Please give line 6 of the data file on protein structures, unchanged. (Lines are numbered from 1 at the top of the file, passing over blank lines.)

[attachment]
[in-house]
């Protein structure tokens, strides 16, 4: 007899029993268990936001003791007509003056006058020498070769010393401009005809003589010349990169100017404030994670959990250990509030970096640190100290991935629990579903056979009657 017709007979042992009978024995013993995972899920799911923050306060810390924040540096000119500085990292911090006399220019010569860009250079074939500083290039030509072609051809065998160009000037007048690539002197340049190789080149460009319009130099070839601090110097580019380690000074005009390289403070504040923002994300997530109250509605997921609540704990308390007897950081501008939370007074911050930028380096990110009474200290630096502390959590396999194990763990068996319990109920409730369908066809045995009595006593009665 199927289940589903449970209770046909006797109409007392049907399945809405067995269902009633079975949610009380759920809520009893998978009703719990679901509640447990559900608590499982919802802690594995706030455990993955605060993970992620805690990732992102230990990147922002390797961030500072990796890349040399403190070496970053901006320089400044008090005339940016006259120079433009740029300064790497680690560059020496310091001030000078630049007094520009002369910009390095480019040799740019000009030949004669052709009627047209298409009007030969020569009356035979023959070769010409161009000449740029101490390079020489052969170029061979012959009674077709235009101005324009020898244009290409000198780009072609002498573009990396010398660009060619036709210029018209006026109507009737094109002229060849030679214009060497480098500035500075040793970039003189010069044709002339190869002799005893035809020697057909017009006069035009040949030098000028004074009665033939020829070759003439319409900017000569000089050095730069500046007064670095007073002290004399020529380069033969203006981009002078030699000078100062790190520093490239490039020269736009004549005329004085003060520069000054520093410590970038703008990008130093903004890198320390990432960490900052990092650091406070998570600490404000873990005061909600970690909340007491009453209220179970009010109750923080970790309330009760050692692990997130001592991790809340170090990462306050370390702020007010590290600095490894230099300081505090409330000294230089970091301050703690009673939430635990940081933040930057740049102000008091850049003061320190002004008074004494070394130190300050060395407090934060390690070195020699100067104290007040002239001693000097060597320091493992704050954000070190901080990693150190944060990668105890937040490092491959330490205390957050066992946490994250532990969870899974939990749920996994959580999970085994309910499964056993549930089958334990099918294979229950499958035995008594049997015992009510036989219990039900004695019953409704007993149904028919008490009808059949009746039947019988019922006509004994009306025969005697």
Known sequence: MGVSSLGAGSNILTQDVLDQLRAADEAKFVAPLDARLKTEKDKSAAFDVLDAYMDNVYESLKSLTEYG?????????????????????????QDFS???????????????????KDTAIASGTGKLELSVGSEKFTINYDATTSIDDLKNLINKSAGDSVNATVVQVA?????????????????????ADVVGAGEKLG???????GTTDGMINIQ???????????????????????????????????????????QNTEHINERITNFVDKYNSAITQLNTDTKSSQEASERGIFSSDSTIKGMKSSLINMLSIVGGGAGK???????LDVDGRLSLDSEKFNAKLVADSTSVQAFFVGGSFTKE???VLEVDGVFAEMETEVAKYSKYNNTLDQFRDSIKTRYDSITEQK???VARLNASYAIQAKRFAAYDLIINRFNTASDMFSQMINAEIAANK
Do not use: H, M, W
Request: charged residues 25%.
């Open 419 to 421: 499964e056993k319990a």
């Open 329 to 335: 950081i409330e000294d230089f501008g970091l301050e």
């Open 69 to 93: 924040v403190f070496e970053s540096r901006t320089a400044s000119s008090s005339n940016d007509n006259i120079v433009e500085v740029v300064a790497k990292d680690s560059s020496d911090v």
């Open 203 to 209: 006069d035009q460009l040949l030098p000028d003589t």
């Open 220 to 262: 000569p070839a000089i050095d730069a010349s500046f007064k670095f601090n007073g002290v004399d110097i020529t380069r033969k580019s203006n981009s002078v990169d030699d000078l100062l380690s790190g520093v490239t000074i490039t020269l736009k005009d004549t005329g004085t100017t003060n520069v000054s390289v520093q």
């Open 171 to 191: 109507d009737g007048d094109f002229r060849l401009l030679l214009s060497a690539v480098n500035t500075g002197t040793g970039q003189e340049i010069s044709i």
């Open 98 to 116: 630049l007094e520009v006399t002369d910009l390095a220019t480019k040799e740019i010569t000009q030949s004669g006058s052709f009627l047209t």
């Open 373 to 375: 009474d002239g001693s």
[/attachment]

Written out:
């Open 419 to 421: 499964e056993k319990a």